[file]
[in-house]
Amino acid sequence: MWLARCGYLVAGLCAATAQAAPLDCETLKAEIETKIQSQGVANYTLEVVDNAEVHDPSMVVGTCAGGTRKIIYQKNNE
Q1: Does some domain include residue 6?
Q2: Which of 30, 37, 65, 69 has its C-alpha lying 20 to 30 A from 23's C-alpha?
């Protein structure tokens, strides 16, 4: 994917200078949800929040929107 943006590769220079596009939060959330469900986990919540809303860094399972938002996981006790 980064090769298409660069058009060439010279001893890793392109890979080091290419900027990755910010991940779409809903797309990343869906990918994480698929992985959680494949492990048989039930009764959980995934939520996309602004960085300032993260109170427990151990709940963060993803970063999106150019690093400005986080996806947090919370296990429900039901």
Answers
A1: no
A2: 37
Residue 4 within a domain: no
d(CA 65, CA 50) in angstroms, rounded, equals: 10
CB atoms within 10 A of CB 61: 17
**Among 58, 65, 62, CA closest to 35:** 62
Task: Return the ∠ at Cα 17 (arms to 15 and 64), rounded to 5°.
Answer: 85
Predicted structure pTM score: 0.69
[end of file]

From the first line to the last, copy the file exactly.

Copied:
[in-house]
Amino acid sequence: MWLARCGYLVAGLCAATAQAAPLDCETLKAEIETKIQSQGVANYTLEVVDNAEVHDPSMVVGTCAGGTRKIIYQKNNE
Q1: Does some domain include residue 6?
Q2: Which of 30, 37, 65, 69 has its C-alpha lying 20 to 30 A from 23's C-alpha?
């Protein structure tokens, strides 16, 4: 994917200078949800929040929107 943006590769220079596009939060959330469900986990919540809303860094399972938002996981006790 980064090769298409660069058009060439010279001893890793392109890979080091290419900027990755910010991940779409809903797309990343869906990918994480698929992985959680494949492990048989039930009764959980995934939520996309602004960085300032993260109170427990151990709940963060993803970063999106150019690093400005986080996806947090919370296990429900039901």
Answers
A1: no
A2: 37
Residue 4 within a domain: no
d(CA 65, CA 50) in angstroms, rounded, equals: 10
CB atoms within 10 A of CB 61: 17
**Among 58, 65, 62, CA closest to 35:** 62
Task: Return the ∠ at Cα 17 (arms to 15 and 64), rounded to 5°.
Answer: 85
Predicted structure pTM score: 0.69